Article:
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10 Foods Torontonians Are Missing Out On

Hey Canada! Come visit and bring us these.

Although Toronto is epically awesome we are a part of an equally awesome country that has some pretty great gourmet treats. From coast to coast our eclectic country offers a plethora of unique cultural cuisine and traditional favourites that can turn any Canadian road trip into a culinary escapade.

Here is a list of 10 foods that are popular in different parts of Canada and are hard, if not impossible to get in Toronto.

Photo cred- Yycbesteats

1. Corn Fritters - Alberta

These golden deep fried cornucopias are all over Calgary like the gophers. From KFC to Chicken on The Way you'll be hard pressed to find a piece of fried chicken in Calgary that isn’t accompanied by this nugget of sunshine. Thick batter with whole kernels of corn is dropped into a deep fryer in small balls and they are fried until they resemble little golden suns. Best when dipped in honey corn fritters are impossible to find in Toronto so I made my own. Here is a great recipe.

Photo cred- Chowtrek

2. (Real) Poutine - Quebec

Yes poutine is Canada’s unofficial national food; and it has made us the envy of the world. However despite being able to get this tasty potato treat anywhere in Canada, even McDonald's, nothing beats the authentic Quebec version. Maybe it’s the authentic cheese curds (shredded cheese is for amateurs) or the extra thick brown gravy whatever it is nothing beats a real deal poutine in Canada’s French speaking pride and joy.

Photo cred- GrindTV

3. Moose Jerky - Northern Ontario

It may come as a surprise to us urbanites but hunting is really popular everywhere else in Canada. Those residing anywhere North of Toronto will tell you one of the most anticipated hunting seasons is Moose season. Especially popular amongst indigenous Canadians Moose meat is a leaner alternative to beef and can be locally sourced.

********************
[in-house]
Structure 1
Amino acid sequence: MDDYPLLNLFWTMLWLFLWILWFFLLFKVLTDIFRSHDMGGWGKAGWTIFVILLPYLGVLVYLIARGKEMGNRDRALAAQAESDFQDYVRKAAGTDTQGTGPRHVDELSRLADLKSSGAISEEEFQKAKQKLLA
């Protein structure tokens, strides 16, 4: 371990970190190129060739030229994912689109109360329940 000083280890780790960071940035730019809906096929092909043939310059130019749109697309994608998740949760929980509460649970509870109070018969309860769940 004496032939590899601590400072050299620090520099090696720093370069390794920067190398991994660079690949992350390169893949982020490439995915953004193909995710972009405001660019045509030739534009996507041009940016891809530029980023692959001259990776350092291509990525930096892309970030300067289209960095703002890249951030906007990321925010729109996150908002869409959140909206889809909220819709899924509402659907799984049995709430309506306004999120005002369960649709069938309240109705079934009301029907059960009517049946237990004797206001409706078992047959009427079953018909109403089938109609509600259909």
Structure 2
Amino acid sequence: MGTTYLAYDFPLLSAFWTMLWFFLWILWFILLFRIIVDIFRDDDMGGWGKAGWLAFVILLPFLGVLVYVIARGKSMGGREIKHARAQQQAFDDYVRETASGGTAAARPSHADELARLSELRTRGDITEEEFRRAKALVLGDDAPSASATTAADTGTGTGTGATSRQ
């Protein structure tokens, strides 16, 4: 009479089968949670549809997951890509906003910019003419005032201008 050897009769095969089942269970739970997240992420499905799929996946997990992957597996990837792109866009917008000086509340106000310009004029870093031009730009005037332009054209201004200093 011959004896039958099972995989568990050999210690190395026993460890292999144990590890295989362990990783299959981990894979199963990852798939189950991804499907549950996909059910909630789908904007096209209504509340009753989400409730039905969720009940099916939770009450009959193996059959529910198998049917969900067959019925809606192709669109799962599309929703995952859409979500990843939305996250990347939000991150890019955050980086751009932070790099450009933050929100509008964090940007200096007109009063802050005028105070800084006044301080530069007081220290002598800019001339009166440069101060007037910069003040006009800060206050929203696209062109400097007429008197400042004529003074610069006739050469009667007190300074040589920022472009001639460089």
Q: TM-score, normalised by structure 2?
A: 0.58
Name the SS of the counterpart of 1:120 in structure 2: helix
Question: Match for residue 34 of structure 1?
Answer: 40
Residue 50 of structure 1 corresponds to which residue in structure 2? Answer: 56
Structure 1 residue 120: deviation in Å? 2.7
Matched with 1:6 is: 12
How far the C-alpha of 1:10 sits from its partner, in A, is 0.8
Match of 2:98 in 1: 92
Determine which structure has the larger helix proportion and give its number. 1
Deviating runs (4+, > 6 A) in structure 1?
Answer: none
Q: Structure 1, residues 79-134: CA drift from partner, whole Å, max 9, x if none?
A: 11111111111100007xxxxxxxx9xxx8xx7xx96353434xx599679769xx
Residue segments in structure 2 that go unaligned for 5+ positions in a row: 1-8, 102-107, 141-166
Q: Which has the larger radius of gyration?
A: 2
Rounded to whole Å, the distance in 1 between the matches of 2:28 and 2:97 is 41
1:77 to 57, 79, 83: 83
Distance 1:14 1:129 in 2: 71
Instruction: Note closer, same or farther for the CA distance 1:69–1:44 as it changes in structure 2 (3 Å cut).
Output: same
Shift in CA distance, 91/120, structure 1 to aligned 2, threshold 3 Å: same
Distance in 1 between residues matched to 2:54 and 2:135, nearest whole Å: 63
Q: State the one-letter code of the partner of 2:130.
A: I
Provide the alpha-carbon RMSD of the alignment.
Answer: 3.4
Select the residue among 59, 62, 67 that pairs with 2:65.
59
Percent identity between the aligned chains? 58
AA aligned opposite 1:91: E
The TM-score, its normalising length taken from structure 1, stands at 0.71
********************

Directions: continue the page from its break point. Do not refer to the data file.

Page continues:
One of the many and most popular uses of moose meat is moose jerky. Made the same way as your standard jerky Moose meat is a bit chewier and offers a bolder meat flavour. Sometimes flavoured with various spices and smoke agents Moose jerky is definitely worth the road trip out of Toronto.

Photo cred- Fusion Caffe

4. Pineapple Crush- Newfoundland

In New Foundland you can drink screech and kiss the cod and you can also indulge in what is described as neon yellow god juice, pineapple Crush. Sold in abundance throughout the maritime province this tasty tropical treat is missing from the Tdot pop lexicon. Although this elusive beverage has been seen at the random neighbourhood convenience store I recommend stocking up if you ever do spot it or taking an epic road trip all in order to taste one. The sublime fusion of pineapple and pop is well worth the gas money.

Photo cred- Mr. Donair

5. Donairs - Nova Scotia

Any true Scotian will regal you with tales of this meaty treat and how much they miss it. Not to be confused with a shawarma, like seriously DO NOT call it or dare compare it to a shawarma, this perfect pita hinges on the sauce. The sweet cream sauce of evaporated milk and garlic is what sets this delicacy apart from the common pita.

Then, it's piled high with a combination of ground beefy goodness mixed with breadcrumbs and spices, love, the essence of the Maritimes and some other stuff that is slowly roasted on a spinning rotisserie *drool*. Topped with only raw onion and tomato donairs are a cross between, dare I say it, a gyro and shawarma however the donair is better simply because its Canadian. The Fuzz Box on the Danforth boasts authentic Nova Scotian donairs its even written on their sign.

Photo cred- Nick Merzetti

6. Pemmican - Saskatchewan